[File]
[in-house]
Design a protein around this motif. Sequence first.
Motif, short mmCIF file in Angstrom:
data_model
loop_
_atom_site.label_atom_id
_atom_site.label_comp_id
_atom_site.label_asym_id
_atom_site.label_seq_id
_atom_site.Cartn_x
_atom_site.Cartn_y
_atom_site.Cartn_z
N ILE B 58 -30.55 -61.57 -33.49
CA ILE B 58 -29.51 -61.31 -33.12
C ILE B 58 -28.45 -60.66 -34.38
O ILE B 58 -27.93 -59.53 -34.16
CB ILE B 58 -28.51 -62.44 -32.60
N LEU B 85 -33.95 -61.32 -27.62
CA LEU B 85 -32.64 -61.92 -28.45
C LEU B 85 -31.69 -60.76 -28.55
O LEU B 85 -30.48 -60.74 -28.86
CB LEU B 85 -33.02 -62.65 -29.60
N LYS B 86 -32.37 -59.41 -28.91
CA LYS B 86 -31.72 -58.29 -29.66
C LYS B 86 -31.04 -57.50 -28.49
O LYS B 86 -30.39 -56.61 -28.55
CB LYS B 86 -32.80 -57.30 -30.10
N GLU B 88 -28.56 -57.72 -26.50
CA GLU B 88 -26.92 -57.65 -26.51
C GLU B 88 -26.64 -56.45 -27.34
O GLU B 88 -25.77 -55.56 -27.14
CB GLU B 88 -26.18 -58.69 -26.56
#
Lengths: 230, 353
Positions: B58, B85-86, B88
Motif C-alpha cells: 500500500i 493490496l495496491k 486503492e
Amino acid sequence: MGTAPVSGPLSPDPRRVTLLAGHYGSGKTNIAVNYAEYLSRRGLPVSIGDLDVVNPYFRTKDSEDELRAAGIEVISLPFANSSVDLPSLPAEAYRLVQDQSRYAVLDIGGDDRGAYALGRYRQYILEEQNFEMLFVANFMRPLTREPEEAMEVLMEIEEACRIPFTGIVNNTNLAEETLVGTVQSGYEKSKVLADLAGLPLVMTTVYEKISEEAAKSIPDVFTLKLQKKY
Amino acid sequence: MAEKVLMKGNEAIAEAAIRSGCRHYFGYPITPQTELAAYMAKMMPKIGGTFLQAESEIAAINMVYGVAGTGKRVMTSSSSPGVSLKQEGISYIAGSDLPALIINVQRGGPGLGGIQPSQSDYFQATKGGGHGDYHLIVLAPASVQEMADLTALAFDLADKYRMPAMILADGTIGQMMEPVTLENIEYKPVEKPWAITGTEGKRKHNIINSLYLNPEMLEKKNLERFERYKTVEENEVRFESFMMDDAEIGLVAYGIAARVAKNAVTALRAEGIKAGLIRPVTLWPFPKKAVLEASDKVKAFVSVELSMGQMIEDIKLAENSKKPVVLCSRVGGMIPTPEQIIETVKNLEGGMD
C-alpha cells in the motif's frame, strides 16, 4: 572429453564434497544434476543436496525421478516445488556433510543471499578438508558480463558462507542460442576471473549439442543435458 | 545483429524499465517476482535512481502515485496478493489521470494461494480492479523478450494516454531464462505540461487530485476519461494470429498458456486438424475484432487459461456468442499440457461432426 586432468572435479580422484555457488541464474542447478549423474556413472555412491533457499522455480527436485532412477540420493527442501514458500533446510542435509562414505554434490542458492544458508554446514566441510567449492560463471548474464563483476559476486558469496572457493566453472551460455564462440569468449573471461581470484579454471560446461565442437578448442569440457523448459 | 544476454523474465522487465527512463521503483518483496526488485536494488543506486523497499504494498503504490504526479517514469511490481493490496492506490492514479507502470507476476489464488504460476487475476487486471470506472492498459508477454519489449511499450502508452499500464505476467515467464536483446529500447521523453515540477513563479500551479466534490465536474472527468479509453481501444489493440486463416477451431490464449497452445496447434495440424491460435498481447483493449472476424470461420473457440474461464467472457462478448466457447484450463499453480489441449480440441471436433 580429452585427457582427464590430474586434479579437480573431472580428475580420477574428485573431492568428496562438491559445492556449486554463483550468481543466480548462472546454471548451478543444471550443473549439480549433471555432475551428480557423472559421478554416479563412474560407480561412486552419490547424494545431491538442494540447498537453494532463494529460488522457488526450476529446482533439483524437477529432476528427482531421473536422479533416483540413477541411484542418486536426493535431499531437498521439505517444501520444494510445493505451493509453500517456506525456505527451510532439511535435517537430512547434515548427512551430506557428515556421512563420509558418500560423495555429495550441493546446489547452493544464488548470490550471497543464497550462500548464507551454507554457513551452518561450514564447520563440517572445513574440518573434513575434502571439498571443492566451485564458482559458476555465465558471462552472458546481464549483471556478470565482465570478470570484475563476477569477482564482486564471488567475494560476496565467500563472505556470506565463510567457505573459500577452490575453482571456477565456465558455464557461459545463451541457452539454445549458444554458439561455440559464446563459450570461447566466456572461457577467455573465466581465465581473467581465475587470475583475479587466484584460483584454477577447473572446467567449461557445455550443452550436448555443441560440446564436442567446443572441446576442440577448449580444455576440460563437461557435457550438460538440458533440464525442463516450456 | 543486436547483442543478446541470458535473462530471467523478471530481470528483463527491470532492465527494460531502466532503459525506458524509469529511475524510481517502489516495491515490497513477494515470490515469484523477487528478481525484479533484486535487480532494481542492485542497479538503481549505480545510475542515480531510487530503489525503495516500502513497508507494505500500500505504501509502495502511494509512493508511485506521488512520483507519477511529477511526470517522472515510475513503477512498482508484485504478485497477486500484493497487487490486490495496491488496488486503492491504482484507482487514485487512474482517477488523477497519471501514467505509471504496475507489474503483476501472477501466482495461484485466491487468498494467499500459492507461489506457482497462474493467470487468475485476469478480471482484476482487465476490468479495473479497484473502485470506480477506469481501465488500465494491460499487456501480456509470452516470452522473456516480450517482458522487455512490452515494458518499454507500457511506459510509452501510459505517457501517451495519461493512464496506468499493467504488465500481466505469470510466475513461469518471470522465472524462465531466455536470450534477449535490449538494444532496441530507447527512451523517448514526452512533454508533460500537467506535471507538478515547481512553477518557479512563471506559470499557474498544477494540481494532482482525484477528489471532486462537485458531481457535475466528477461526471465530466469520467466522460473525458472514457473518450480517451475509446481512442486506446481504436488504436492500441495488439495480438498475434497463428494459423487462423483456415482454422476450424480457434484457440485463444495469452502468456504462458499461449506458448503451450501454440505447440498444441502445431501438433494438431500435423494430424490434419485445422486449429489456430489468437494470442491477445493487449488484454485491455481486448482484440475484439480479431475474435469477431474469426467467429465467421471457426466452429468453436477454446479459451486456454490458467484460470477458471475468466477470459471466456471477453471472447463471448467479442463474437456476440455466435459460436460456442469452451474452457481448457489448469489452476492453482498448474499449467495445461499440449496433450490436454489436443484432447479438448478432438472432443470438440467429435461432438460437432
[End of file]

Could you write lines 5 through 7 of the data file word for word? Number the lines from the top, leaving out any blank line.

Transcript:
loop_
_atom_site.label_atom_id
_atom_site.label_comp_id